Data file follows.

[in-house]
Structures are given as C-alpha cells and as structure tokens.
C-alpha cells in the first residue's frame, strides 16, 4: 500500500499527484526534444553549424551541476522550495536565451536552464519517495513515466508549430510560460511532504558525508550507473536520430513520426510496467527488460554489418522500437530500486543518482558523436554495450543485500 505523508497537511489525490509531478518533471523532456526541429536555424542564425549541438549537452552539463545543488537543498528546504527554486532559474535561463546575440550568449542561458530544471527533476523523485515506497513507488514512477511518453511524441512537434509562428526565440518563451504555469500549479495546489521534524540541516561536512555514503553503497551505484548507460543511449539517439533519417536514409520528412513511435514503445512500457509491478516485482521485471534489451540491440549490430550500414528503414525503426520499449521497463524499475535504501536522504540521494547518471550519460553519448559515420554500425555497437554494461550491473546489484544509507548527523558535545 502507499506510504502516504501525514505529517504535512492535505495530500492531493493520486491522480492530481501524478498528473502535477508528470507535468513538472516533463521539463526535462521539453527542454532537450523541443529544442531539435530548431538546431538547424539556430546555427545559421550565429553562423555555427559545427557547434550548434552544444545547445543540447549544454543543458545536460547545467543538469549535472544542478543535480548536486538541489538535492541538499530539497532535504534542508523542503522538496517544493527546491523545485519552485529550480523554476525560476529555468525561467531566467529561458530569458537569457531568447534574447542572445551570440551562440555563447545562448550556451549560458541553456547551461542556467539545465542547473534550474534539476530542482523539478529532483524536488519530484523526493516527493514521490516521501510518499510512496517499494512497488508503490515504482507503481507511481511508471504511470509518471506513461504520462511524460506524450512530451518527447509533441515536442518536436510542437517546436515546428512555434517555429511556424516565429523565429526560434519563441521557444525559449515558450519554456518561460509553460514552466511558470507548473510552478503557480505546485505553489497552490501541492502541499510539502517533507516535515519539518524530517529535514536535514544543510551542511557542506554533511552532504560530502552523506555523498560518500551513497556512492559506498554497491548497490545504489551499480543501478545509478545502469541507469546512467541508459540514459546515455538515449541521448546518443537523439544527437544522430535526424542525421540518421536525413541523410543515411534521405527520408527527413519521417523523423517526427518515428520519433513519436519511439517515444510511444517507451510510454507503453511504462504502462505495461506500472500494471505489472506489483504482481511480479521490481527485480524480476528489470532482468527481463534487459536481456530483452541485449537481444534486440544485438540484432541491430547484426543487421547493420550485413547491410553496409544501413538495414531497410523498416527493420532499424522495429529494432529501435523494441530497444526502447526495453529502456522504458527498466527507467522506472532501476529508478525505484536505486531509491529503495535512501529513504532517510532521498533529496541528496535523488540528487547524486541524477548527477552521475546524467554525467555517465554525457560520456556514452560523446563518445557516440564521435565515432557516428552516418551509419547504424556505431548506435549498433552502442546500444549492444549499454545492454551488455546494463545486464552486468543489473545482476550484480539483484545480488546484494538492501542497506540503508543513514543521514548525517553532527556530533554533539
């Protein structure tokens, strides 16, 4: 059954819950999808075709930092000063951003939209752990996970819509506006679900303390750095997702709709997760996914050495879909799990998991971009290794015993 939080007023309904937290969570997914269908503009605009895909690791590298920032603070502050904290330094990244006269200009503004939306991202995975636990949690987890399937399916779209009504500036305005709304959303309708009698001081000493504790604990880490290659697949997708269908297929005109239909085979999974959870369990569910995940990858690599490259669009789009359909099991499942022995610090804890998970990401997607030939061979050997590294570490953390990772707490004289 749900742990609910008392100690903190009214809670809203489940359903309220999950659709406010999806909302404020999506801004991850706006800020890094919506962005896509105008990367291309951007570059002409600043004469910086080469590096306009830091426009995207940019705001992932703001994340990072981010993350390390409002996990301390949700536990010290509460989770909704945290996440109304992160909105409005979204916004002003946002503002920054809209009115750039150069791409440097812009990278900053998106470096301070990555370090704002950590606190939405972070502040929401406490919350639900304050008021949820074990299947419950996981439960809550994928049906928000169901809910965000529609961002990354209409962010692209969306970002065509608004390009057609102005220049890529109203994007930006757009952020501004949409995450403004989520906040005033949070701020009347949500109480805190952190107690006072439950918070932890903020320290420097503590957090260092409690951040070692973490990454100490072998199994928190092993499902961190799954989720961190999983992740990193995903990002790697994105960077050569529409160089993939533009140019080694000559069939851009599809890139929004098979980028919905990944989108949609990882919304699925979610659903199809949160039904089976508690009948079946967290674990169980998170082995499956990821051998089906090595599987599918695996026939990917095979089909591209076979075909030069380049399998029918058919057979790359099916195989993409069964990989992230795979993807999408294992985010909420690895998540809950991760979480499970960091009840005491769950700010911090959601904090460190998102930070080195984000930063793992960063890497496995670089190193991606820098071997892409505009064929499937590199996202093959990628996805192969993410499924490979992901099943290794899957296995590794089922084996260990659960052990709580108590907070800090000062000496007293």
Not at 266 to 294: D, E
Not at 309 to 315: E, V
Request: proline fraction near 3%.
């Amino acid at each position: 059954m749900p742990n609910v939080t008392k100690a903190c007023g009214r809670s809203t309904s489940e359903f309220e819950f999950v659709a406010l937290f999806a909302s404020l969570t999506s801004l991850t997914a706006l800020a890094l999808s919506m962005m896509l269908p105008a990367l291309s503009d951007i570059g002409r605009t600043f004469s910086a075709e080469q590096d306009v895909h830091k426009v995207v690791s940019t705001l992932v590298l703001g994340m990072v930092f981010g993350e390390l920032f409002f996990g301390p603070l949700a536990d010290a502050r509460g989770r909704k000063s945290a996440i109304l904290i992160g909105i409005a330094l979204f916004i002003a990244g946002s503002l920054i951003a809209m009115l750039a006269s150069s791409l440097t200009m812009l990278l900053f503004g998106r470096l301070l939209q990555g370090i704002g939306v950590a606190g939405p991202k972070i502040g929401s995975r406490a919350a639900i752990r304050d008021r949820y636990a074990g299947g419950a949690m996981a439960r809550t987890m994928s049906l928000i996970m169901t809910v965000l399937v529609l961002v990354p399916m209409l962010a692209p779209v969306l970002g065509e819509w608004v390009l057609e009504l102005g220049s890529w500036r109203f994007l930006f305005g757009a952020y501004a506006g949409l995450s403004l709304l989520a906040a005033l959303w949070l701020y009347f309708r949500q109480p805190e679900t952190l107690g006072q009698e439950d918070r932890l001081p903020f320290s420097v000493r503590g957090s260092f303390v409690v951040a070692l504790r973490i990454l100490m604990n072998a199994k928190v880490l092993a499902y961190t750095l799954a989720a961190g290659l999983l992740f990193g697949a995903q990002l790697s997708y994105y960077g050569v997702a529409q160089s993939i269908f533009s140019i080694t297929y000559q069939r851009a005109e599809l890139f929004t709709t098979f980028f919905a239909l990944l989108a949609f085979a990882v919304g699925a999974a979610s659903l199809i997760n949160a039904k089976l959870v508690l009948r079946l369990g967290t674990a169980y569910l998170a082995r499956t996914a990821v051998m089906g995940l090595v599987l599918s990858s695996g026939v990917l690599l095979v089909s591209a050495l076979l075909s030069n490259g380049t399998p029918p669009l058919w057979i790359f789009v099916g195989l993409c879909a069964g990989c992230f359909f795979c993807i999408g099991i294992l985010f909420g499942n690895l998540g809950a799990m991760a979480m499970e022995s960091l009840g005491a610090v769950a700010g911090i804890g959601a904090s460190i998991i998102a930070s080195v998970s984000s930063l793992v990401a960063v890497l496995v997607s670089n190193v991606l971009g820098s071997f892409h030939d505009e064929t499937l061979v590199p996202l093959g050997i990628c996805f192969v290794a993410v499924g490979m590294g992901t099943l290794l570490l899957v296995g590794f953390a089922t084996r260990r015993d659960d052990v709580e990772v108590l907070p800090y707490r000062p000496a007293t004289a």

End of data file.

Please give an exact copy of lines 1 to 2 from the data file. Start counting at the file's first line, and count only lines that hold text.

[in-house]
Structures are given as C-alpha cells and as structure tokens.